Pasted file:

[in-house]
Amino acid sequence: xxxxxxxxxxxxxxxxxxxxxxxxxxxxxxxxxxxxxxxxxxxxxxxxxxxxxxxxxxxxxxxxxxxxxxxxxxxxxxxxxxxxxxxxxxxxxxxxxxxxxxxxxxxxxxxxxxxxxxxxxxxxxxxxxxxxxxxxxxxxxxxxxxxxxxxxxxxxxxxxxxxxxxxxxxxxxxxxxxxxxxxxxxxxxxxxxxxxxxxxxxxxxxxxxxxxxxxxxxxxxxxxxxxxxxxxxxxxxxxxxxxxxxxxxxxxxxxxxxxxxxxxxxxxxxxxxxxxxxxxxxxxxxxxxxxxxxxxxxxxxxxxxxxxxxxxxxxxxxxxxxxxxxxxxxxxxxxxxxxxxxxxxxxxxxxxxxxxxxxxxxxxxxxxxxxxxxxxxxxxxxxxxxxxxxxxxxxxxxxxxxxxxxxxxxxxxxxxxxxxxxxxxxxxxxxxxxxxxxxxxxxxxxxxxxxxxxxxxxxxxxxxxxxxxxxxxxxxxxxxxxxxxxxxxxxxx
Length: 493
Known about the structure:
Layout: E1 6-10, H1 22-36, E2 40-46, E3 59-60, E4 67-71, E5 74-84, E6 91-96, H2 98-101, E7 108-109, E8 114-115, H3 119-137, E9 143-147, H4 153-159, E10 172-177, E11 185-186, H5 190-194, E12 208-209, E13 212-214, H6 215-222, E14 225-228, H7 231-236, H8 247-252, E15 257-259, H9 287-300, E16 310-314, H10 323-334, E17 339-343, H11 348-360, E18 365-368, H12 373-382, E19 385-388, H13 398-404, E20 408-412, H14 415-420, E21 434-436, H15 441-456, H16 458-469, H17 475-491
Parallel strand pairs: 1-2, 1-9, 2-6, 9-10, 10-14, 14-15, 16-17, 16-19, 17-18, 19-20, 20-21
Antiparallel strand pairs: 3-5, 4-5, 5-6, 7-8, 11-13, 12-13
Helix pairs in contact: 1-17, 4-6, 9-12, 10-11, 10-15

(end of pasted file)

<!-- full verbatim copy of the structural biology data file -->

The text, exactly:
[in-house]
Amino acid sequence: xxxxxxxxxxxxxxxxxxxxxxxxxxxxxxxxxxxxxxxxxxxxxxxxxxxxxxxxxxxxxxxxxxxxxxxxxxxxxxxxxxxxxxxxxxxxxxxxxxxxxxxxxxxxxxxxxxxxxxxxxxxxxxxxxxxxxxxxxxxxxxxxxxxxxxxxxxxxxxxxxxxxxxxxxxxxxxxxxxxxxxxxxxxxxxxxxxxxxxxxxxxxxxxxxxxxxxxxxxxxxxxxxxxxxxxxxxxxxxxxxxxxxxxxxxxxxxxxxxxxxxxxxxxxxxxxxxxxxxxxxxxxxxxxxxxxxxxxxxxxxxxxxxxxxxxxxxxxxxxxxxxxxxxxxxxxxxxxxxxxxxxxxxxxxxxxxxxxxxxxxxxxxxxxxxxxxxxxxxxxxxxxxxxxxxxxxxxxxxxxxxxxxxxxxxxxxxxxxxxxxxxxxxxxxxxxxxxxxxxxxxxxxxxxxxxxxxxxxxxxxxxxxxxxxxxxxxxxxxxxxxxxxxxxxxxxx
Length: 493
Known about the structure:
Layout: E1 6-10, H1 22-36, E2 40-46, E3 59-60, E4 67-71, E5 74-84, E6 91-96, H2 98-101, E7 108-109, E8 114-115, H3 119-137, E9 143-147, H4 153-159, E10 172-177, E11 185-186, H5 190-194, E12 208-209, E13 212-214, H6 215-222, E14 225-228, H7 231-236, H8 247-252, E15 257-259, H9 287-300, E16 310-314, H10 323-334, E17 339-343, H11 348-360, E18 365-368, H12 373-382, E19 385-388, H13 398-404, E20 408-412, H14 415-420, E21 434-436, H15 441-456, H16 458-469, H17 475-491
Parallel strand pairs: 1-2, 1-9, 2-6, 9-10, 10-14, 14-15, 16-17, 16-19, 17-18, 19-20, 20-21
Antiparallel strand pairs: 3-5, 4-5, 5-6, 7-8, 11-13, 12-13
Helix pairs in contact: 1-17, 4-6, 9-12, 10-11, 10-15